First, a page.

At Alpha Metal Finishing, we strive to build a culture of people who care and want to create a remarkable experience. We do our best to build relational partnerships as opposed to just transactional ones. Some of the key things to review with a potential anodizer (and really any supplier) are:
Again, there are many details and variables involved in producing high quality anodizing but these are some of primary ones that will help avoid unnecessary reworks or frustration on both sides. When things go right in the anodizing process everyone wins. When things go wrong, finger pointing is easy and rather common. Having a focus on problem solving and a willingness to learn is the key to producing high quality results that make both suppliers and customers happy. For more information on understanding and specifying anodizing we recommend the following resource from Joseph Osborn at OMW Corporation: http://www.omwcorp.com/wp-content/uploads/2018/02/Understanding-and-Specifying-Anodizing.pdf.
Alpha often comes across strange and bizarre challenges with some of our customer parts when it comes to the anodizing process. With one medical device manufacturer this was definitely the case. We had been presented with a new part that when we finished the anodizing process it revealed microscopic pits in the surface.
We scratched our heads, came up with a rework process and then tried running it again. The same problem occurred. Now, this particular part was a 2024 alloy which already created a few challenges related to etching. After a conference call and face to face meeting with the customer we tried again on some new, raw parts. The pits came through the substrate again! The substrate was inspected each time and it was initially thought that perhaps there were extrusion lines or possibly bad material in the original stock of the alloy that could not be visibly seen.
During the anodizing process if there are “junk” elements in the alloy they can fall out in the process, potentially causing pits. This is one of the reasons we ask our customers at times where they actually purchased their aluminum stock. If the stock or extrusion has any issues the anodizing process will only reveal the imperfections in the substrate. It would be nice if anodizing could cover up machine marks, extrusion lines, or variations in the substrate, but unfortunately it cannot.
Without any solid answers to the problem at that point, we were all frustrated and feeling a little sheepish that we could not find a solution for our customer. Then, it occurred to one of our team members: how were the parts being machined? We asked the customer and discovered that after machining the parts they were belt sanded. Aha! With a few more questions we further discovered that the belt sander was also used on steel parts as well. Any steel particles embedded in the aluminum substrate will not react well with the anodizing process! Kind of like what Captain Ramius told Jack Ryan in The Hunt for Red October: “Hey, Ryan, be careful what you shoot at. Most things in here don't react too well to bullets."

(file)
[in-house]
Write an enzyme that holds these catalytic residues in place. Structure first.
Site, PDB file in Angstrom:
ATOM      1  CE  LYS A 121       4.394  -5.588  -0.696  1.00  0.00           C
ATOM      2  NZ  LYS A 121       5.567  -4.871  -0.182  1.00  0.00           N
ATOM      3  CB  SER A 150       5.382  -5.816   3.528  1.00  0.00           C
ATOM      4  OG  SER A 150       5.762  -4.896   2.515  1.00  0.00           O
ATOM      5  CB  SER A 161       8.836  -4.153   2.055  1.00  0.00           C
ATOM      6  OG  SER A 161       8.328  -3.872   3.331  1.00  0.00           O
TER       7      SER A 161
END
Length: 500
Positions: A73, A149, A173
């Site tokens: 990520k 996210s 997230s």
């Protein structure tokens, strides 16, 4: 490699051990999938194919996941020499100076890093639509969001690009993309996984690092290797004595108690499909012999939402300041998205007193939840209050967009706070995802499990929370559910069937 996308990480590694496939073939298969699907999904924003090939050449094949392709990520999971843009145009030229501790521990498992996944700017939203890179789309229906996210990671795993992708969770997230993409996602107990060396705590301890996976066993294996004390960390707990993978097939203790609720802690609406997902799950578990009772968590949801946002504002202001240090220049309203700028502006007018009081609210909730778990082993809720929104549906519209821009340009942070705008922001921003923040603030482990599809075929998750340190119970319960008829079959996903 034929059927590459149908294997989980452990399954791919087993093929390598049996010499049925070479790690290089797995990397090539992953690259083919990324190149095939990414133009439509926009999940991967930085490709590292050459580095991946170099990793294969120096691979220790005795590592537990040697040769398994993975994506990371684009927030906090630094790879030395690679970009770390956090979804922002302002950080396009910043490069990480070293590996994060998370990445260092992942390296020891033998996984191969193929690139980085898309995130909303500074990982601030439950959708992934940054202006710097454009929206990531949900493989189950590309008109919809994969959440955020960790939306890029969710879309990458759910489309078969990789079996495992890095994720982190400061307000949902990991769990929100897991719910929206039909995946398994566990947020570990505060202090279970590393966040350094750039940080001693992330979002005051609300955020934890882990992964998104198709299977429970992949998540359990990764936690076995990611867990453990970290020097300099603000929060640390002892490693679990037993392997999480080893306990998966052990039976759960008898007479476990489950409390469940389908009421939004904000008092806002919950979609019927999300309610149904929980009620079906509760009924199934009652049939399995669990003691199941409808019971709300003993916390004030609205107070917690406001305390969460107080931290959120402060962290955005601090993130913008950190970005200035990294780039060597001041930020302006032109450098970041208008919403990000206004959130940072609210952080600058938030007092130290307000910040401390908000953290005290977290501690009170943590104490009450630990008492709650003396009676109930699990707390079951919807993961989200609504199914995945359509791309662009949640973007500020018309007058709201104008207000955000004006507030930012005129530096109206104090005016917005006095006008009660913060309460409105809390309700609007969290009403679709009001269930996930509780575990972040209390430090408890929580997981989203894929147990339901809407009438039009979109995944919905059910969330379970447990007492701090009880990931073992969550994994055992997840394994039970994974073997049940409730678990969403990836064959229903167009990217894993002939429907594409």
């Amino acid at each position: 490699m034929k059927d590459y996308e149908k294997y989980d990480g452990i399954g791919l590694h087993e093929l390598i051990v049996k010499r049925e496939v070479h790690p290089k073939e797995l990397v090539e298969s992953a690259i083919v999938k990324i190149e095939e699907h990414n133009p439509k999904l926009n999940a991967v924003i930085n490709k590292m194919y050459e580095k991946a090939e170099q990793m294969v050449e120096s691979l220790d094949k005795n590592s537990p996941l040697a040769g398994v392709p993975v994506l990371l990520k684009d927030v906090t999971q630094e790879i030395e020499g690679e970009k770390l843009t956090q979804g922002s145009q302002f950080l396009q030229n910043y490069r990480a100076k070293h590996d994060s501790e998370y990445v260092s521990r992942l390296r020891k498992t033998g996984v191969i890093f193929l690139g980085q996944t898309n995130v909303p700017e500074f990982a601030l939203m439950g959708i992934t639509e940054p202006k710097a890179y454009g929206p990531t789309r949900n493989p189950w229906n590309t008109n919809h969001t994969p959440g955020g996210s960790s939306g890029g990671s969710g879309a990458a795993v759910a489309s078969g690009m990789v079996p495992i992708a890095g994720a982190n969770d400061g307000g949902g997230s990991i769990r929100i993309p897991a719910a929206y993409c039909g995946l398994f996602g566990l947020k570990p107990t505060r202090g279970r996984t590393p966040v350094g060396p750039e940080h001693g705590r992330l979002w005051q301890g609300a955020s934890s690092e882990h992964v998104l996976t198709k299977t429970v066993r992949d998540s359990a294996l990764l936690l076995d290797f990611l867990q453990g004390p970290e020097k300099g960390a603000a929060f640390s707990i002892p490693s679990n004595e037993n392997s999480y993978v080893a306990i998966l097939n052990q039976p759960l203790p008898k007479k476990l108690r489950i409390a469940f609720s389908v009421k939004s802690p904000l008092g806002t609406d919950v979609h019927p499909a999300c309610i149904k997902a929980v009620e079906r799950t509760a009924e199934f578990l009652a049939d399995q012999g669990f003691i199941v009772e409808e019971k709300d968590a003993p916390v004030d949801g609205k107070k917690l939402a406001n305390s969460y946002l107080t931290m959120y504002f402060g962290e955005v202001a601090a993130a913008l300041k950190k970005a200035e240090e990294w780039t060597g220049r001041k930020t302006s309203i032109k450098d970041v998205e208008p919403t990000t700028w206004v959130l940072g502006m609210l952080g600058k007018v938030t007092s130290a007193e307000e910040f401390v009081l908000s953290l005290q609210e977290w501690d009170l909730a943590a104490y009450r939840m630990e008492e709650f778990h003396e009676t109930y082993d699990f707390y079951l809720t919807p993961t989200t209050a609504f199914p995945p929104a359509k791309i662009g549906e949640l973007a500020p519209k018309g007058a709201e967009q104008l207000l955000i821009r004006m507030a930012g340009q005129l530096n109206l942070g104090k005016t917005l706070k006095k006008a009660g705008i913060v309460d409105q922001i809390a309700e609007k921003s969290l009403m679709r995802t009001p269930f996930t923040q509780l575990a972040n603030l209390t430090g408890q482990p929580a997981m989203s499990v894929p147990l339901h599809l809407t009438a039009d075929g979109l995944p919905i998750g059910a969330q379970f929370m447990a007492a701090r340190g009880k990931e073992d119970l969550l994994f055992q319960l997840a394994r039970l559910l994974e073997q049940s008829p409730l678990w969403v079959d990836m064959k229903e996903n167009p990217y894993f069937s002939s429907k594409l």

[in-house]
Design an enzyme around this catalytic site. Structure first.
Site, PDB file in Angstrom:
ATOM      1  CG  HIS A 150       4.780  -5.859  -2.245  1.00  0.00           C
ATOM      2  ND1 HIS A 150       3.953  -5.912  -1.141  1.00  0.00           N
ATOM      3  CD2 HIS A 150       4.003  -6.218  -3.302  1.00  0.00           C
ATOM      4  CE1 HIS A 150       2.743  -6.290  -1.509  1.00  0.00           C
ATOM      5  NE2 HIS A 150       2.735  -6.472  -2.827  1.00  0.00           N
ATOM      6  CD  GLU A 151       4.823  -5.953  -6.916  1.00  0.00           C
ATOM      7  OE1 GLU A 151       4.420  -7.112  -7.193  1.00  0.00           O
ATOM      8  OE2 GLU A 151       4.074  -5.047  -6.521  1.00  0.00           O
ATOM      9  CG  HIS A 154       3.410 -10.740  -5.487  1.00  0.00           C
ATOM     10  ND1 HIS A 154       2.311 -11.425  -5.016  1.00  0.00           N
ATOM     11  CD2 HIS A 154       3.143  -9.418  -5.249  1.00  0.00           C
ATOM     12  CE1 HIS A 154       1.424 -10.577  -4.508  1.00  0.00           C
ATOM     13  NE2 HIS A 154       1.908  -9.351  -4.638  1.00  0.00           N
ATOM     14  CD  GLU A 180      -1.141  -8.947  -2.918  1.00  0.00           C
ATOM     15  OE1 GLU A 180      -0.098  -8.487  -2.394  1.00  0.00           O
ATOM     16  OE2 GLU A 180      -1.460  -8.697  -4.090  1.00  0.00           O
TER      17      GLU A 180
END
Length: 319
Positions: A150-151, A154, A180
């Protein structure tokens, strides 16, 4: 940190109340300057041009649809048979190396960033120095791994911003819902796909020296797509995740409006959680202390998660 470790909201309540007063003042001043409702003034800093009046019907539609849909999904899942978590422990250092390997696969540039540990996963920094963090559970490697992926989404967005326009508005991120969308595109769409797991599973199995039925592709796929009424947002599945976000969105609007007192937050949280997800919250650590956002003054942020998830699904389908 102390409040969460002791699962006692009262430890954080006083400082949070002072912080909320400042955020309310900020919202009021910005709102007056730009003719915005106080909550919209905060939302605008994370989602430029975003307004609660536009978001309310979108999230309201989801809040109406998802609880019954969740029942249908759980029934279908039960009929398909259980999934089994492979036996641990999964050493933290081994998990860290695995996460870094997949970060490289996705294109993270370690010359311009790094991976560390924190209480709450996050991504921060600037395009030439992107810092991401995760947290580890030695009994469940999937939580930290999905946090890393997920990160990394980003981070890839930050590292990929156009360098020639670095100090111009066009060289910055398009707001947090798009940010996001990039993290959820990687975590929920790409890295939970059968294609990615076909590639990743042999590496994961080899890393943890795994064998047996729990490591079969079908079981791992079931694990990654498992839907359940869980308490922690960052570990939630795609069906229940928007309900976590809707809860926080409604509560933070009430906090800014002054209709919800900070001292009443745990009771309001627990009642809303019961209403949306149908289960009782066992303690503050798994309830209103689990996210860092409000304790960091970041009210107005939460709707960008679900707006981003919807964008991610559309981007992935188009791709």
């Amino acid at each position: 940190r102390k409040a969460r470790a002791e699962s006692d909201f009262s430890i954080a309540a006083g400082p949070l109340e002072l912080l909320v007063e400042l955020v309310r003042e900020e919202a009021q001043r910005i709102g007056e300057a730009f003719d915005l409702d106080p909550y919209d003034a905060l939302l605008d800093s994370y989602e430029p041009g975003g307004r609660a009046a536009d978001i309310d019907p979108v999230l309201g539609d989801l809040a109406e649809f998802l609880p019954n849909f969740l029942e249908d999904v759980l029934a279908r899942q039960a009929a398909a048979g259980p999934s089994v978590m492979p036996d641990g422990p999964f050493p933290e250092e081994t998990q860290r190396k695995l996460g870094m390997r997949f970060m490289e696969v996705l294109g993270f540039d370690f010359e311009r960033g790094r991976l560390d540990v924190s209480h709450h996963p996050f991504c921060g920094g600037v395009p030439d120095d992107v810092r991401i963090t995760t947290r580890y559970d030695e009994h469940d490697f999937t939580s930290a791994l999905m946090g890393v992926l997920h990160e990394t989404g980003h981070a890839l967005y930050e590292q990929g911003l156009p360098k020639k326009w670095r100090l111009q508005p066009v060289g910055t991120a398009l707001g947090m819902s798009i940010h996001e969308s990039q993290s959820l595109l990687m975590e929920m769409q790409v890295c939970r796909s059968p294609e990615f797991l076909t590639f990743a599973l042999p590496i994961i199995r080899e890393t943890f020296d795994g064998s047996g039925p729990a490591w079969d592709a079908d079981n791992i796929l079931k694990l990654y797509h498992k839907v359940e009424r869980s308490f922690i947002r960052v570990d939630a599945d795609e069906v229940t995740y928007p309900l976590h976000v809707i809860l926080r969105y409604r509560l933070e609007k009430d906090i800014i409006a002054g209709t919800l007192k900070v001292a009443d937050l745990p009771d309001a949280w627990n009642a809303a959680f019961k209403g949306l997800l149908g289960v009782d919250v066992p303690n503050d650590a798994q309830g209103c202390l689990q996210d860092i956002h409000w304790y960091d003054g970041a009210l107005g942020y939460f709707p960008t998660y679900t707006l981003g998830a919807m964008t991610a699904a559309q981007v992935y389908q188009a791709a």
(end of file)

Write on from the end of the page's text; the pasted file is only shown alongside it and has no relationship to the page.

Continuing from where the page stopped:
With this new knowledge we were able to inform the customer that they needed to change the belt prior to sanding the aluminum parts. Once they did that, we had no more issues with pits showing up in their parts. Nobody particularly likes pits, and we certainly don’t like them in anodizing.
For more on this issue we recommend Anodic Coating Defects, Their Causes & Cure by Arthur W. Brace. Also, see Robert Probert’s response to this question at http://www.finishing.com/481/64.shtml
It’s fairly obvious in this difficult economy that companies have no choice but to change in order to survive, let alone thrive. The world is moving and shifting so fast that companies who fail to adapt their thinking, processes, and systems are being left behind and closing their doors. Alpha could have been one of those sad stories. Fortunately, the story hasn’t ended and we’re happy to say that we’ve turned a corner.
I faced many new challenges when I started at Alpha in 2010, the main one being that I said I would never work in my father’s anodizing business. God must have a great sense of humor when we use the word “never.” We were in a downward spiral and the morale of the staff was at an all-time low. We needed more than just a new strategy in sales and quality, but a serious overhaul in the attitude and focus of the leadership. As I read “How the Mighty Fall” by Jim Collins I couldn’t help but think that we were experiencing the silent creep of doom. Call me a bit naïve since I’m new to the anodizing industry, but I came in with a sense of urgency and started with what I knew we needed to do before we could have any discussions: grow sales. I’m sure the management team must have thought I was crazy. We hired in a great sales person to assist me in mining the opportunities for business development that lay dormant, many that were just plain missed.